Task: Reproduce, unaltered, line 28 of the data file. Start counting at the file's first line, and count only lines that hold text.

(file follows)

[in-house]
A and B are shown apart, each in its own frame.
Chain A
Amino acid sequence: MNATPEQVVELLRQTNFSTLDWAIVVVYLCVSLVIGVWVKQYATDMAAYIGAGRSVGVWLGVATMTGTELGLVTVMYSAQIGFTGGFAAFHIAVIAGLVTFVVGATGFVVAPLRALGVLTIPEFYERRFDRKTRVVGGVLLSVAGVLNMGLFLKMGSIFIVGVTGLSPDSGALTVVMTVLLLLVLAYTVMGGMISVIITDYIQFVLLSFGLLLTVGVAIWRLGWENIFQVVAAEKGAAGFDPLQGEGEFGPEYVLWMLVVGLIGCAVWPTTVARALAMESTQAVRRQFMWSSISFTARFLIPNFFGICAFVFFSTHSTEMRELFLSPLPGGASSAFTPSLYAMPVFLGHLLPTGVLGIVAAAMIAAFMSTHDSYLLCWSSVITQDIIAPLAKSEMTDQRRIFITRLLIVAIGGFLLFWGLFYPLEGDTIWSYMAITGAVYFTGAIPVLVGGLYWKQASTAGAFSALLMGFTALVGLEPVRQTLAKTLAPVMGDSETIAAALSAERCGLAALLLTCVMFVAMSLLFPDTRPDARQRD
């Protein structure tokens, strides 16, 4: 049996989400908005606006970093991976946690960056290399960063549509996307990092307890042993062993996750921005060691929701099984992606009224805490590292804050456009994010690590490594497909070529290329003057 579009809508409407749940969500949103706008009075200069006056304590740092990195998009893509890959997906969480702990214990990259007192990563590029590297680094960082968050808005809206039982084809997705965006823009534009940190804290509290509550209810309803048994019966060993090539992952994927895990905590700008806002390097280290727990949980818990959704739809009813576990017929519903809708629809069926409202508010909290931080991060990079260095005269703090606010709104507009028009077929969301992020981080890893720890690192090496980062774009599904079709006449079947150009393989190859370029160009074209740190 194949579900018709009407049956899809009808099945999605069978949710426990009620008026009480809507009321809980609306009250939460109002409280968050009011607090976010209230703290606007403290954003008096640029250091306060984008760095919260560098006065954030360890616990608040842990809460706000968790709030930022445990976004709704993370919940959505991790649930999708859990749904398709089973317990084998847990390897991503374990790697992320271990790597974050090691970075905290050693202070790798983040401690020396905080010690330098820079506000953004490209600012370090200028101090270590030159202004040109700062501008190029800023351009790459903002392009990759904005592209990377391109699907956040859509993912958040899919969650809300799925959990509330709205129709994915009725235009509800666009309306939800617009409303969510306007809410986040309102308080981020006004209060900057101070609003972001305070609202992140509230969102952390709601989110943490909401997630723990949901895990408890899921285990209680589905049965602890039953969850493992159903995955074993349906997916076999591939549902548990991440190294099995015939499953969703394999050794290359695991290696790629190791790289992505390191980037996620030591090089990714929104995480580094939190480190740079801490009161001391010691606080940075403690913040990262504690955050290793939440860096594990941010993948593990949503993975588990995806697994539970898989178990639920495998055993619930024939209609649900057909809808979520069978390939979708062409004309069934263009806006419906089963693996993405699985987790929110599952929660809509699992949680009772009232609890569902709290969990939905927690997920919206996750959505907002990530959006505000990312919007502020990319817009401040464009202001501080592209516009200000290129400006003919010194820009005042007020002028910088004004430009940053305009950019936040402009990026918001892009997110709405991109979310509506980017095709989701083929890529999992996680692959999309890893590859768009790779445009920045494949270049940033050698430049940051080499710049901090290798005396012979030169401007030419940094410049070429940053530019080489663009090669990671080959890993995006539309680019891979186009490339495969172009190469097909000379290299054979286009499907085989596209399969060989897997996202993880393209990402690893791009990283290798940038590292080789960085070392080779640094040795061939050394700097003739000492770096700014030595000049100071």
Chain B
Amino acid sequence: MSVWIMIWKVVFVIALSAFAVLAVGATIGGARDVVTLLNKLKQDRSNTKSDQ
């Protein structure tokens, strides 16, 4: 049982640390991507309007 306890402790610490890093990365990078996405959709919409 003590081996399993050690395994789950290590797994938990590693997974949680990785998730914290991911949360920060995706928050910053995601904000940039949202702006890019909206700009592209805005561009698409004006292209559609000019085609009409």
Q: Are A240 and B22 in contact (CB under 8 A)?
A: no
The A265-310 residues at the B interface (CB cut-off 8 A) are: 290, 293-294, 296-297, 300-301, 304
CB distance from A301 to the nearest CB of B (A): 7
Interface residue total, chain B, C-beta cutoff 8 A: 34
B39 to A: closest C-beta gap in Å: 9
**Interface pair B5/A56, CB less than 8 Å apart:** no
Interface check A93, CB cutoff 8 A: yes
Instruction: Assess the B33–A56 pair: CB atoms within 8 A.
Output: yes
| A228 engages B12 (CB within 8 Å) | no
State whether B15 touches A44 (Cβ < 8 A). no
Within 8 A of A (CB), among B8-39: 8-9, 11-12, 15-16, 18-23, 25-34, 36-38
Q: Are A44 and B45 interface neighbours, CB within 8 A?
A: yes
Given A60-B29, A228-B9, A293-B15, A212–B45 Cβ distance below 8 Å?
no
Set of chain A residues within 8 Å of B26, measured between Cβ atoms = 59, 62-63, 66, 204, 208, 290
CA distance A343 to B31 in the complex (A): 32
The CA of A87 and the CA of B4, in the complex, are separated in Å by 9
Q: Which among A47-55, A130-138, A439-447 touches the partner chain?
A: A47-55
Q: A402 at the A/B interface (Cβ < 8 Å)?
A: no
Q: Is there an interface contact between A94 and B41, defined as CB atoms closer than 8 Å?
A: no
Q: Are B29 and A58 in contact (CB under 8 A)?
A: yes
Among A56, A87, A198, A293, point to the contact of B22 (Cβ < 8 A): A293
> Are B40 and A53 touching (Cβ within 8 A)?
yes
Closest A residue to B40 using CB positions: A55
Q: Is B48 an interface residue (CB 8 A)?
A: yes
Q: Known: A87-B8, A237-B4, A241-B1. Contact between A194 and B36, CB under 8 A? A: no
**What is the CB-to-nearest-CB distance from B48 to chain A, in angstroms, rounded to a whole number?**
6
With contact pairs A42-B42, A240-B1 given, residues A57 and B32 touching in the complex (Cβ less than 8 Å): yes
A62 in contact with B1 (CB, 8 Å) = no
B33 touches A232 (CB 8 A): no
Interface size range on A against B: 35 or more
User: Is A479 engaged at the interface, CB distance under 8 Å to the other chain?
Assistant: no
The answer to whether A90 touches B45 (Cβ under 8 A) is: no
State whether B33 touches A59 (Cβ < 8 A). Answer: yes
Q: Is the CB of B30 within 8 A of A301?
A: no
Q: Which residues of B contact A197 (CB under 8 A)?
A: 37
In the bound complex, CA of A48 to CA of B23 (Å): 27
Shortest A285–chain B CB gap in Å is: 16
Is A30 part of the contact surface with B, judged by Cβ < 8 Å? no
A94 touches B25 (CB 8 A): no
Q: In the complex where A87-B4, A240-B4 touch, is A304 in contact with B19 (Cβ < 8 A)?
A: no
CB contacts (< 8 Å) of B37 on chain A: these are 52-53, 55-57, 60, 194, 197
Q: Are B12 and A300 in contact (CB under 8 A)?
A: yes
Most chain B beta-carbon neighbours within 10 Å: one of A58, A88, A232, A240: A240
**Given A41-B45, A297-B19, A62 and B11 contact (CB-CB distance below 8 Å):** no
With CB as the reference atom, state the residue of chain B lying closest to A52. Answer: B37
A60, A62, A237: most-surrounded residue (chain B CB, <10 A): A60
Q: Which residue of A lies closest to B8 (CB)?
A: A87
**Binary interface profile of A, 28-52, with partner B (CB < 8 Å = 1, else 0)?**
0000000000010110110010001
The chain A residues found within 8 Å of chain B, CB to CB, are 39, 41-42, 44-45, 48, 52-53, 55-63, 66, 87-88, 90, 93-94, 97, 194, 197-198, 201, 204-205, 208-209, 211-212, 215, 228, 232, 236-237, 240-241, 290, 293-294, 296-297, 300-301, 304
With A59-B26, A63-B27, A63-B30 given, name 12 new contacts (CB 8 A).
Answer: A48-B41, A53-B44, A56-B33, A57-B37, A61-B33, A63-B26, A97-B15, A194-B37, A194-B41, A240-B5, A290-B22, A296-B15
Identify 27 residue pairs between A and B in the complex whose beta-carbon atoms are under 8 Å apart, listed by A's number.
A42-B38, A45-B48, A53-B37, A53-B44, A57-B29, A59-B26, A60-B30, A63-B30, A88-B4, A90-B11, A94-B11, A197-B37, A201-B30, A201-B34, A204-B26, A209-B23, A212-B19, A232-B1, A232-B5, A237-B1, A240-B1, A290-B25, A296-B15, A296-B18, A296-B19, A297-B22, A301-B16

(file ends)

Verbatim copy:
The CA of A87 and the CA of B4, in the complex, are separated in Å by 9